Advancing Indoor Growing with Fertigation: A Key to Efficiency and Sustainability


In recent years, indoor growing has gained immense popularity among growers seeking to enhance crop control and minimize costs. As growers increasingly seek ways to automate their processes, fertigation has become a crucial aspect of indoor growing. In this article, we explore the insights shared in an interview with Frank Toves, an irrigation design and construction (AvidWater) expert, who sheds light on setting up a successful fertigation process for indoor growing.

Fertigation Defined

Fertigation adds nutrients to irrigation water, enabling growers to nourish their crops effectively. It can be achieved through proportion-based EC or pH control, providing a controlled feed throughout the irrigation cycle or sets.

Automation and Resistance

While fertigation and automation offer multiple advantages, some growers still prefer manual processes. Strawberry growers, for instance, may use a manual valve and a pump to introduce fertilizers. Nevertheless, as labor costs escalate, more growers are embracing fertigation and automation to increase efficiency and optimize crop yield.

Attractive Aspects of Fertigation

The attractiveness of fertigation lies in its ability to tackle various challenges growers face. The dwindling availability of fumigants like methyl bromide prompted a shift towards substrate growing. Additionally, labor issues, including reduced working hours and increasing costs, necessitate the adoption of efficient irrigation practices like fertigation.

Requirements for Implementing Fertigation

For those entering the world of fertigation, understanding existing irrigation practices is a crucial first step. Most growers are already involved in some form of fertigation. The next decision consists of the level of automation they wish to achieve, ranging from simple Dosatron systems to complete pump-based injection setups with monitoring and control capabilities.

The Rising Trend of Fertigation in Indoor Growing

Fertigation, a combination of “fertilization” and “irrigation,” involves adding nutrients to irrigation water, creating a nutrient-rich solution that feeds the plants as they are watered. This process is gaining traction in indoor growing because it can automate and optimize nutrient delivery, reducing labor costs while enhancing crop yield and quality.

Frank emphasizes that indoor growers increasingly turn to fertigation and automation as the first steps to streamline their operations and reduce costs. The rising trend can be attributed to several factors, including the transition of fresh berry growers to alternative forms of growing and the booming cannabis industry, which led to a surge in indoor growing facilities.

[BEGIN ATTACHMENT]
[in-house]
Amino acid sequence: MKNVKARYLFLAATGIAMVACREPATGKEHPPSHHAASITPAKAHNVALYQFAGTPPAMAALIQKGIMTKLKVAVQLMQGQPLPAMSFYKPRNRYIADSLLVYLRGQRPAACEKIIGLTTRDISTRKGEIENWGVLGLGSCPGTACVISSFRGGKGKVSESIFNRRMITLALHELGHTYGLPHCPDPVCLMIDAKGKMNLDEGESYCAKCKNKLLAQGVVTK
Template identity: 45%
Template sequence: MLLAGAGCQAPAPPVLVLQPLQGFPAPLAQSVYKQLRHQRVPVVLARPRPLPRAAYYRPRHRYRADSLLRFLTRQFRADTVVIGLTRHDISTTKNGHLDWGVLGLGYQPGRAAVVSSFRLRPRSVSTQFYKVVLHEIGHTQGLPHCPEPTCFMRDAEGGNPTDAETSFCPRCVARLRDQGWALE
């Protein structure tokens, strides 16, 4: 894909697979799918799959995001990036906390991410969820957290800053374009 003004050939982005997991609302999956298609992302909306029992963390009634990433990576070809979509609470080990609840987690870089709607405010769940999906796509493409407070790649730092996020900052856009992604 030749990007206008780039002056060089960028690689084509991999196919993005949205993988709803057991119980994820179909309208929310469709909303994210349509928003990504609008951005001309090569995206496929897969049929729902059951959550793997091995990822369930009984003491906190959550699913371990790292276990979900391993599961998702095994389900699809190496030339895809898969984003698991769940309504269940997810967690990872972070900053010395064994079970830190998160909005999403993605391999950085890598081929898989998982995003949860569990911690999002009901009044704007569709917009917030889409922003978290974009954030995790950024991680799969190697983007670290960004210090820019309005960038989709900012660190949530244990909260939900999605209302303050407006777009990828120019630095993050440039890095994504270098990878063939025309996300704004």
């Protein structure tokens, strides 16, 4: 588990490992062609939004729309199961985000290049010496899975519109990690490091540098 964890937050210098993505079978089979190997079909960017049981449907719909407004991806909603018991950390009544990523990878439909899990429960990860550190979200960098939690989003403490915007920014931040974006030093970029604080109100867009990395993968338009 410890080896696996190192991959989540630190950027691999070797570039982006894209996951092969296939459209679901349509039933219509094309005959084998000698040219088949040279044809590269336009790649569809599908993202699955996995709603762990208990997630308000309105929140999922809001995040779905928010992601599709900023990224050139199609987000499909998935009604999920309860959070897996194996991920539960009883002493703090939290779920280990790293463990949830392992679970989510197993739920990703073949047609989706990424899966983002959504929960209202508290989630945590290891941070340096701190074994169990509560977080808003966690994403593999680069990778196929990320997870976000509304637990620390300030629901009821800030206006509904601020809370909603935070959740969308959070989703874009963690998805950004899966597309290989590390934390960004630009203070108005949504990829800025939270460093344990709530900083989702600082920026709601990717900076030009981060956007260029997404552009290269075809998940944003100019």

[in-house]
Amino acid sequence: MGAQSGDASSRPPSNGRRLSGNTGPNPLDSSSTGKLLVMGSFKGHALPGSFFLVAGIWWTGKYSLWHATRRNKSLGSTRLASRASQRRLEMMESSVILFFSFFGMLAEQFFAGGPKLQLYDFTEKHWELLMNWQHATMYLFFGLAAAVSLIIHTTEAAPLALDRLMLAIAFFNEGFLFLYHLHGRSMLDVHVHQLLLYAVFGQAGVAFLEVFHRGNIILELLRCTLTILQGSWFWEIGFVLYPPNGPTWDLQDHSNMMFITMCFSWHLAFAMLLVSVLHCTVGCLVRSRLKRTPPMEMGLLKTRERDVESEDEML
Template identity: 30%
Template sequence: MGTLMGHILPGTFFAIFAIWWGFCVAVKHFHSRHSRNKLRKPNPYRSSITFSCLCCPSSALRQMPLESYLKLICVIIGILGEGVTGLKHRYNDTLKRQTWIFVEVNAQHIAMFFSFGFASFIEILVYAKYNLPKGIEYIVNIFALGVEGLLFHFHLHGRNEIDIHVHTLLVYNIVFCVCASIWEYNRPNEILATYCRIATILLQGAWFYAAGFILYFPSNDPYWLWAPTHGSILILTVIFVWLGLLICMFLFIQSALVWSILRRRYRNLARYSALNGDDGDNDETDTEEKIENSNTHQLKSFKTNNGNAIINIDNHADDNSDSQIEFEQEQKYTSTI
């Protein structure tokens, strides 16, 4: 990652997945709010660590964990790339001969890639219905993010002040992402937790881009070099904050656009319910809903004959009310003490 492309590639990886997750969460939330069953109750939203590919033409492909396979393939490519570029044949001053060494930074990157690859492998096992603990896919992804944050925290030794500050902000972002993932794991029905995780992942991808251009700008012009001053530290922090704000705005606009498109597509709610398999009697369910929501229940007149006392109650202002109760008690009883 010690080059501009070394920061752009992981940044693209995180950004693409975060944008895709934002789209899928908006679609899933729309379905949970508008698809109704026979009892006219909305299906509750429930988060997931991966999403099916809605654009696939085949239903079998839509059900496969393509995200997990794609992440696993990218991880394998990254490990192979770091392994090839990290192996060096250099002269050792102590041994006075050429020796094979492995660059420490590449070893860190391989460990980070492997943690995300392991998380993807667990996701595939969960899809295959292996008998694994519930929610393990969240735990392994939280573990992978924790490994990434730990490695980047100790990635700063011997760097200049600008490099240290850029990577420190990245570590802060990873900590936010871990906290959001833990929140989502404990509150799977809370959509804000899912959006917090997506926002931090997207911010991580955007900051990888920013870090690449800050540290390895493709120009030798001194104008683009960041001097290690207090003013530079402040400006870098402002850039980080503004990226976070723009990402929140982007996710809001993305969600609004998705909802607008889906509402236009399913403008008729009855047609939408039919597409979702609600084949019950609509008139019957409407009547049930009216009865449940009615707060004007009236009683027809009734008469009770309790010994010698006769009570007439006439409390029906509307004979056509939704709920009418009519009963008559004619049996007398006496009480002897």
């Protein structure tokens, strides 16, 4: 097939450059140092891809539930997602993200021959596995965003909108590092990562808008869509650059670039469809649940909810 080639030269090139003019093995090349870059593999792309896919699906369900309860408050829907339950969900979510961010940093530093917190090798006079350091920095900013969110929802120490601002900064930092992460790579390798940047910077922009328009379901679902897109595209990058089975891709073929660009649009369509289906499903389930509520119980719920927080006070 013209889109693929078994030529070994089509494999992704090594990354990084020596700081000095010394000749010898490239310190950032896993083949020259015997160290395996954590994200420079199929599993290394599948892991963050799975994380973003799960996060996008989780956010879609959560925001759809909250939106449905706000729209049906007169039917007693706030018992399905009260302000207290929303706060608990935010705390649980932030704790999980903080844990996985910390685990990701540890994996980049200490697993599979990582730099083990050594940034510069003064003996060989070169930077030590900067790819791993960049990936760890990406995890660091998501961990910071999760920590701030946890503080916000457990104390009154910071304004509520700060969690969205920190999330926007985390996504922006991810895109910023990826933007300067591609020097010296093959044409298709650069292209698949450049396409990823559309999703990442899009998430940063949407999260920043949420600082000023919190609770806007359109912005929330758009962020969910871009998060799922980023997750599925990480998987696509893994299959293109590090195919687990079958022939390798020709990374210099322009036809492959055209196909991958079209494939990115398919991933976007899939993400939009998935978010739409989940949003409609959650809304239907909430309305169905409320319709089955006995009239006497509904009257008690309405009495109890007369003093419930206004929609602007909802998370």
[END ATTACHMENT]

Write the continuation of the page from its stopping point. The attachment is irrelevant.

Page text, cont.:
Advantages of Fertigation in Indoor Growing

Fertigation offers several advantages, making it an attractive option for indoor growers. Frank highlights that fertigation allows for a more precise nutrient application tailored to each plant’s needs, resulting in healthier and more vigorous growth. Furthermore, the system’s ability to automate nutrient delivery saves significant labor costs and ensures consistent crop quality.

Overcoming Challenges and Implementing Fertigation Systems

While fertigation offers numerous benefits, implementing such systems can be complex and requires careful planning. Frank advises growers to consider facility location, labor force availability, and regulatory compliance. Training employees to manage the technology is crucial, and backup personnel should be available to avoid disruptions in case of turnover.

The Cost and Return on Investment (ROI)

The cost of implementing fertigation systems can vary widely depending on the facility’s size, technology, and automation level. Frank explains that fertigation systems can range from a few thousand dollars for basic units to millions for fully automated setups. However, the ROI is generally favorable due to reduced labor costs, improved crop quality, and precise nutrient management.

Water Conservation and Sustainability

Water conservation is a significant concern for indoor growers using fertigation. To address this, efficient fertigation systems aim to minimize water usage while delivering optimal plant nutrient levels. Many growers invest in water treatment solutions to recycle and reuse nutrient-rich water, contributing to overall sustainability.

The Future of Fertigation in Indoor Growing

Frank predicts a shift toward autonomous growing, where growers rely on advanced technology to minimize human intervention in the growing process. While autonomous systems may not be suitable for every crop, controlled environment agriculture (CEA) is likely to gain momentum, especially in the cultivation of leafy greens and other specialty crops.


Fertigation is revolutionizing indoor growing, giving growers more control over crop quality, minimizing labor costs, and optimizing resource usage. As the demand for indoor-grown crops continues to rise, adopting fertigation systems becomes essential for growers aiming to stay competitive and embrace sustainable practices. By partnering with reputable irrigation and fertigation experts, growers can navigate the complexities and ensure the successful implementation of these advanced technologies in their operations.


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